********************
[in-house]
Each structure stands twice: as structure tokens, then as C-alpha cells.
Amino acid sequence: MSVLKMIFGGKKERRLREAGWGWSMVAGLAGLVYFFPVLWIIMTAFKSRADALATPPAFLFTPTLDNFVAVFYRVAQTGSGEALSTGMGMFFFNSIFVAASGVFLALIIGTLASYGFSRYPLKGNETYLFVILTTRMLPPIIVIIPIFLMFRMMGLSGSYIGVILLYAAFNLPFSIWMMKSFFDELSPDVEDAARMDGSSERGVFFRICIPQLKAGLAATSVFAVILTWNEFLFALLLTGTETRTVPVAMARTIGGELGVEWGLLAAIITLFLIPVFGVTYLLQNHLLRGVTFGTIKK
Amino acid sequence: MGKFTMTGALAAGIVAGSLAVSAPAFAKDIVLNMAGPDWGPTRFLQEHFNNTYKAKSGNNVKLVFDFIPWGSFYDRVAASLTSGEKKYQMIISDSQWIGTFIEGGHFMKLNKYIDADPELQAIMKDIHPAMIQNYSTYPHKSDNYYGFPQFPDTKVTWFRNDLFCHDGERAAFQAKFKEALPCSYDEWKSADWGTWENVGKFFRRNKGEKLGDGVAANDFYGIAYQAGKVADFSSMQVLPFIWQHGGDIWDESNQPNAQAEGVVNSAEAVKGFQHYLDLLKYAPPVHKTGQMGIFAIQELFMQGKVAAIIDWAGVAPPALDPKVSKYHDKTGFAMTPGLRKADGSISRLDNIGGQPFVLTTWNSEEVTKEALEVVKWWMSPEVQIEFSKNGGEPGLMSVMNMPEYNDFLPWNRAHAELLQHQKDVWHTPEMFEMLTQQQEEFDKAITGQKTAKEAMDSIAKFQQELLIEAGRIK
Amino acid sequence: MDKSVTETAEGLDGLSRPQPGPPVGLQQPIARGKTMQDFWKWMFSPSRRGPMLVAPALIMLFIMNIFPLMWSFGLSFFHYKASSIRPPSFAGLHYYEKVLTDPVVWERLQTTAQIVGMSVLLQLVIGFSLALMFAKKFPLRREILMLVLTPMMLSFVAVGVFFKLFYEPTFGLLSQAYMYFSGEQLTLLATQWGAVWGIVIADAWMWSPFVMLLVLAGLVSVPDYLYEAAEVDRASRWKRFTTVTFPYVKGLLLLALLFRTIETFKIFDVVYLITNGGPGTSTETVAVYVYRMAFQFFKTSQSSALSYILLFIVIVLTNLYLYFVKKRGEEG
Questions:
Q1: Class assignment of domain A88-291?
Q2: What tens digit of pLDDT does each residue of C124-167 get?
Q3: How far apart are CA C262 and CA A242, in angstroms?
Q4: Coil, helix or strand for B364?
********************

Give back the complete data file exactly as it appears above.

[in-house]
Each structure stands twice: as structure tokens, then as C-alpha cells.
Amino acid sequence: MSVLKMIFGGKKERRLREAGWGWSMVAGLAGLVYFFPVLWIIMTAFKSRADALATPPAFLFTPTLDNFVAVFYRVAQTGSGEALSTGMGMFFFNSIFVAASGVFLALIIGTLASYGFSRYPLKGNETYLFVILTTRMLPPIIVIIPIFLMFRMMGLSGSYIGVILLYAAFNLPFSIWMMKSFFDELSPDVEDAARMDGSSERGVFFRICIPQLKAGLAATSVFAVILTWNEFLFALLLTGTETRTVPVAMARTIGGELGVEWGLLAAIITLFLIPVFGVTYLLQNHLLRGVTFGTIKK
Amino acid sequence: MGKFTMTGALAAGIVAGSLAVSAPAFAKDIVLNMAGPDWGPTRFLQEHFNNTYKAKSGNNVKLVFDFIPWGSFYDRVAASLTSGEKKYQMIISDSQWIGTFIEGGHFMKLNKYIDADPELQAIMKDIHPAMIQNYSTYPHKSDNYYGFPQFPDTKVTWFRNDLFCHDGERAAFQAKFKEALPCSYDEWKSADWGTWENVGKFFRRNKGEKLGDGVAANDFYGIAYQAGKVADFSSMQVLPFIWQHGGDIWDESNQPNAQAEGVVNSAEAVKGFQHYLDLLKYAPPVHKTGQMGIFAIQELFMQGKVAAIIDWAGVAPPALDPKVSKYHDKTGFAMTPGLRKADGSISRLDNIGGQPFVLTTWNSEEVTKEALEVVKWWMSPEVQIEFSKNGGEPGLMSVMNMPEYNDFLPWNRAHAELLQHQKDVWHTPEMFEMLTQQQEEFDKAITGQKTAKEAMDSIAKFQQELLIEAGRIK
Amino acid sequence: MDKSVTETAEGLDGLSRPQPGPPVGLQQPIARGKTMQDFWKWMFSPSRRGPMLVAPALIMLFIMNIFPLMWSFGLSFFHYKASSIRPPSFAGLHYYEKVLTDPVVWERLQTTAQIVGMSVLLQLVIGFSLALMFAKKFPLRREILMLVLTPMMLSFVAVGVFFKLFYEPTFGLLSQAYMYFSGEQLTLLATQWGAVWGIVIADAWMWSPFVMLLVLAGLVSVPDYLYEAAEVDRASRWKRFTTVTFPYVKGLLLLALLFRTIETFKIFDVVYLITNGGPGTSTETVAVYVYRMAFQFFKTSQSSALSYILLFIVIVLTNLYLYFVKKRGEEG
Questions:
Q1: Class assignment of domain A88-291?
Q2: What tens digit of pLDDT does each residue of C124-167 get?
Q3: How far apart are CA C262 and CA A242, in angstroms?
Q4: Coil, helix or strand for B364?